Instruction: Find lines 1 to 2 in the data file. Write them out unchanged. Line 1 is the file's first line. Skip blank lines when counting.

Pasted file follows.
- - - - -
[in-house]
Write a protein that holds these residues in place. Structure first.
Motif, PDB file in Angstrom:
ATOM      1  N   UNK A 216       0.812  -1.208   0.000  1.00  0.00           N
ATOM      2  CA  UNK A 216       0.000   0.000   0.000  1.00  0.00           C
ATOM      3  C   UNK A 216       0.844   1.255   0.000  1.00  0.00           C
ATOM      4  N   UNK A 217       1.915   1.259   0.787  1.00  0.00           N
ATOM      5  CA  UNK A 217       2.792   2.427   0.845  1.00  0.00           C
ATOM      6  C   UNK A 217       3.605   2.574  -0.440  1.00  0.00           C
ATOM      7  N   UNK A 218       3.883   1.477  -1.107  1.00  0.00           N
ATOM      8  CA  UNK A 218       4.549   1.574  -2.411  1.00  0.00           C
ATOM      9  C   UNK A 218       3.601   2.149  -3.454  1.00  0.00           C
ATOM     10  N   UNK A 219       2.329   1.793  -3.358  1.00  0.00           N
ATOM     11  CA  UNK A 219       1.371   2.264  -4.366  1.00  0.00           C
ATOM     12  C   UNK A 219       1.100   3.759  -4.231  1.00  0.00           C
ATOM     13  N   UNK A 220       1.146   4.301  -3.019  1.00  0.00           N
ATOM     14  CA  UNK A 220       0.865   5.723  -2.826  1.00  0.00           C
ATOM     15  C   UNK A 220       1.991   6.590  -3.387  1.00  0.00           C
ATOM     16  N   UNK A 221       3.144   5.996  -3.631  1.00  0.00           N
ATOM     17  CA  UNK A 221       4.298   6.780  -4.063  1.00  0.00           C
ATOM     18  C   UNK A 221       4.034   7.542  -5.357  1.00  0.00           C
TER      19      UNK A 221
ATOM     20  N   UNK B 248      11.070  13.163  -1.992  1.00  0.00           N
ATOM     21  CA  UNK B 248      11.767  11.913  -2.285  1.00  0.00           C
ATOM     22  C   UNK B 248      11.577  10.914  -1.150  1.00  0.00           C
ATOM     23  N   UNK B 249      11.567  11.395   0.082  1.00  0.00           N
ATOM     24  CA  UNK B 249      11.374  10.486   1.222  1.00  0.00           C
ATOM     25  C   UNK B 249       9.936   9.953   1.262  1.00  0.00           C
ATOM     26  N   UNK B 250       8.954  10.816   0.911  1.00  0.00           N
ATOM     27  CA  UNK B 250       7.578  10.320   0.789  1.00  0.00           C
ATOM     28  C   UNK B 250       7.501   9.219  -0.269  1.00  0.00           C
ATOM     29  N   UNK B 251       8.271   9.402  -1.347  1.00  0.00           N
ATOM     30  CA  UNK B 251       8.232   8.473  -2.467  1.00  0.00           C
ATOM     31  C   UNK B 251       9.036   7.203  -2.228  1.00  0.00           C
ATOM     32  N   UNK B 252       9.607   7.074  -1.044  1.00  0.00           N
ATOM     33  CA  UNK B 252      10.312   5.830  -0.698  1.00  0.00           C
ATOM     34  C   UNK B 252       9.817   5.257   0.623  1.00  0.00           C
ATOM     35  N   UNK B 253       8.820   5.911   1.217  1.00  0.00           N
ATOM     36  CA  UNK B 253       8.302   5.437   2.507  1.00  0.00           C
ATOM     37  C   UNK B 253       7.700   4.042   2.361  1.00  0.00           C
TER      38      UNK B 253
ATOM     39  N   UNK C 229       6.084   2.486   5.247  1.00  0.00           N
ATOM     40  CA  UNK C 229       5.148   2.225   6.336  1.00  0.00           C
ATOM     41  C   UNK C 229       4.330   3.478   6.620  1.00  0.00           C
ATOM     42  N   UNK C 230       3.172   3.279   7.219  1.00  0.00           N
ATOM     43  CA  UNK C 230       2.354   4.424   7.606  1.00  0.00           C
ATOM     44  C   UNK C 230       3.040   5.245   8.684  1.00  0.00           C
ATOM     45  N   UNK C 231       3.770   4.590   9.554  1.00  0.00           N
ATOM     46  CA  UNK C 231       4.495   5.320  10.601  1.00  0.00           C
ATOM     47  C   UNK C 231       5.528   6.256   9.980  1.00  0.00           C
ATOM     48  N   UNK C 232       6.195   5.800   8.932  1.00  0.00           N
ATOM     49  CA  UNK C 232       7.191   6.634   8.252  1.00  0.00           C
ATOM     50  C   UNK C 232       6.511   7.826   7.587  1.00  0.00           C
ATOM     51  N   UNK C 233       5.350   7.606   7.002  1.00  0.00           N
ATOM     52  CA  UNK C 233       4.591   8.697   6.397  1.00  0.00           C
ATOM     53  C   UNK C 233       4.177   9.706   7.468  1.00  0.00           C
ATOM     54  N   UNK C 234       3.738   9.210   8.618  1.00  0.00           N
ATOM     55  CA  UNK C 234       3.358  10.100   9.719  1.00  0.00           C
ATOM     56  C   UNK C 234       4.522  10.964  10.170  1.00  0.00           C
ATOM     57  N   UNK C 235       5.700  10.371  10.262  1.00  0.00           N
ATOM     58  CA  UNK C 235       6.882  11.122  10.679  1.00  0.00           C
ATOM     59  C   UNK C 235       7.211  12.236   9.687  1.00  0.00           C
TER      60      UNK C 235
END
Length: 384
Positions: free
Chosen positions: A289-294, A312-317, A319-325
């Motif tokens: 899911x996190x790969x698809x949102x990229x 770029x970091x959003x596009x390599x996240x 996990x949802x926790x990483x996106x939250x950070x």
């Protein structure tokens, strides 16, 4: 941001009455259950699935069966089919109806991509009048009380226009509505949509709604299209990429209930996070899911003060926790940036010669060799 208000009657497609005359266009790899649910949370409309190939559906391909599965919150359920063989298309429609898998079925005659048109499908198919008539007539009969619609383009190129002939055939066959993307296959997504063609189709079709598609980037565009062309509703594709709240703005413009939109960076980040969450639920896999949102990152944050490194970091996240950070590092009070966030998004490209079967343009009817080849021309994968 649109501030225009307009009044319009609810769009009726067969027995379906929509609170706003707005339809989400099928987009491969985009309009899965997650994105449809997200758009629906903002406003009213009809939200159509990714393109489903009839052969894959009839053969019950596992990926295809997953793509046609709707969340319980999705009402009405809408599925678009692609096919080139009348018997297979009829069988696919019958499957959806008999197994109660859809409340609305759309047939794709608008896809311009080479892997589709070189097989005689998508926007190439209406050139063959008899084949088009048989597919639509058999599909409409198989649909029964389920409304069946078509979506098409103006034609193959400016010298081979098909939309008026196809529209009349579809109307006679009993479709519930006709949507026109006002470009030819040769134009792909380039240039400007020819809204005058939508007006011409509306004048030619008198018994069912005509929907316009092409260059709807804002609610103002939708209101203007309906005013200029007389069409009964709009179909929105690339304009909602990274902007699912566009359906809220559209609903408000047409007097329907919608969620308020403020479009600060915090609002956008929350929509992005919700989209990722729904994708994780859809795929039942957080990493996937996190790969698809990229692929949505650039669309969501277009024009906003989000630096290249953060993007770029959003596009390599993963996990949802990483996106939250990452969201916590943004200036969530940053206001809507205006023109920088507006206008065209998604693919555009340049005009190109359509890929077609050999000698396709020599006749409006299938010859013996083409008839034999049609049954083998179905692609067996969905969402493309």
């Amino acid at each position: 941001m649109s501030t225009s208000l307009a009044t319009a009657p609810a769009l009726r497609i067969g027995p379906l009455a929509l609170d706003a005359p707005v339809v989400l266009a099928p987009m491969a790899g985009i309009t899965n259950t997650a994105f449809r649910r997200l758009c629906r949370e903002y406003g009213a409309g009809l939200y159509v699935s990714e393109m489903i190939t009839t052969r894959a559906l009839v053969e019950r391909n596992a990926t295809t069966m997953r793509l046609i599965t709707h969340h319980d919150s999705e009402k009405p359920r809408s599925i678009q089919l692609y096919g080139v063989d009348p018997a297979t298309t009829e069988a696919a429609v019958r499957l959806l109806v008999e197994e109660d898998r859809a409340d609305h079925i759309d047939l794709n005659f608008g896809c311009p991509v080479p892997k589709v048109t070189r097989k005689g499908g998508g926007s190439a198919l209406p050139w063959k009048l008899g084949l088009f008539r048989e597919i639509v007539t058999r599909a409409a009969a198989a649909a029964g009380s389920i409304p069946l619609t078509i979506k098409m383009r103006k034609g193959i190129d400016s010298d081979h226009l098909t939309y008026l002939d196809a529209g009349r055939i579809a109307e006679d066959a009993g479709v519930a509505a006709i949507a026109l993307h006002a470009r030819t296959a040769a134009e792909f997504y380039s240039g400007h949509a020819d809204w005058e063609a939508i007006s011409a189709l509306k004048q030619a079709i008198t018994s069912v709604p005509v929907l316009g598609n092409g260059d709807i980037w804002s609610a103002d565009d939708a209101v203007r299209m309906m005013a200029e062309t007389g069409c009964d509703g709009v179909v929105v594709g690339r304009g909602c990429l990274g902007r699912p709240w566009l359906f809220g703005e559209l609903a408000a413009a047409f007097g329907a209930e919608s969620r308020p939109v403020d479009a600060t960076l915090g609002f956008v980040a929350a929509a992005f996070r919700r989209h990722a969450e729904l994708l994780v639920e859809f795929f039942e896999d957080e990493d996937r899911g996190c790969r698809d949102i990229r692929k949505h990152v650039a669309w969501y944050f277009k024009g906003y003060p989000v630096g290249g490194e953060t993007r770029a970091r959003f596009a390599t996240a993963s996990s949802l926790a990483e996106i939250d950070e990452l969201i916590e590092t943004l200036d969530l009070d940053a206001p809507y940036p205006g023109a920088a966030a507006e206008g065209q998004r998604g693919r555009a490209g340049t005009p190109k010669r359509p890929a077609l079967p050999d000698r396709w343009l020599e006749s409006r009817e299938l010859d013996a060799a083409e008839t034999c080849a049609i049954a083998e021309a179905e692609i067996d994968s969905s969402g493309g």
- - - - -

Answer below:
[in-house]
Write a protein that holds these residues in place. Structure first.